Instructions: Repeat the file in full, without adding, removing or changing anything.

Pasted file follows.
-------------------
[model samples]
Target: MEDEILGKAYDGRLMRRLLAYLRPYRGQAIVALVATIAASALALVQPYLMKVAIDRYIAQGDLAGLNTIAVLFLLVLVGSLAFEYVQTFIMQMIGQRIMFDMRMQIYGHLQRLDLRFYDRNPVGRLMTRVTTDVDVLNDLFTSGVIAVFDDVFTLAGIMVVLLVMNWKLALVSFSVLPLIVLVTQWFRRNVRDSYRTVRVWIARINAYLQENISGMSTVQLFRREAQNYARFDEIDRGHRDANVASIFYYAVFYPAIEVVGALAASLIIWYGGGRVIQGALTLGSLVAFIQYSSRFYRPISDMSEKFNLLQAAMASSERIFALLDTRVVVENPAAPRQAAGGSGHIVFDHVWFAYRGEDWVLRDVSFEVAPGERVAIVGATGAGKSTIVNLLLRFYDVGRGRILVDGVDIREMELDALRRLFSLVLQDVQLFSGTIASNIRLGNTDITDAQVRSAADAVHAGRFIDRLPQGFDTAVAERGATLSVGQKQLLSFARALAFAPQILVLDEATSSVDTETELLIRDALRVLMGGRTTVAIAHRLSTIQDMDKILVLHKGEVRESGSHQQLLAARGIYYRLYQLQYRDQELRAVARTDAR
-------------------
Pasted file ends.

[model samples]
Target: MEDEILGKAYDGRLMRRLLAYLRPYRGQAIVALVATIAASALALVQPYLMKVAIDRYIAQGDLAGLNTIAVLFLLVLVGSLAFEYVQTFIMQMIGQRIMFDMRMQIYGHLQRLDLRFYDRNPVGRLMTRVTTDVDVLNDLFTSGVIAVFDDVFTLAGIMVVLLVMNWKLALVSFSVLPLIVLVTQWFRRNVRDSYRTVRVWIARINAYLQENISGMSTVQLFRREAQNYARFDEIDRGHRDANVASIFYYAVFYPAIEVVGALAASLIIWYGGGRVIQGALTLGSLVAFIQYSSRFYRPISDMSEKFNLLQAAMASSERIFALLDTRVVVENPAAPRQAAGGSGHIVFDHVWFAYRGEDWVLRDVSFEVAPGERVAIVGATGAGKSTIVNLLLRFYDVGRGRILVDGVDIREMELDALRRLFSLVLQDVQLFSGTIASNIRLGNTDITDAQVRSAADAVHAGRFIDRLPQGFDTAVAERGATLSVGQKQLLSFARALAFAPQILVLDEATSSVDTETELLIRDALRVLMGGRTTVAIAHRLSTIQDMDKILVLHKGEVRESGSHQQLLAARGIYYRLYQLQYRDQELRAVARTDAR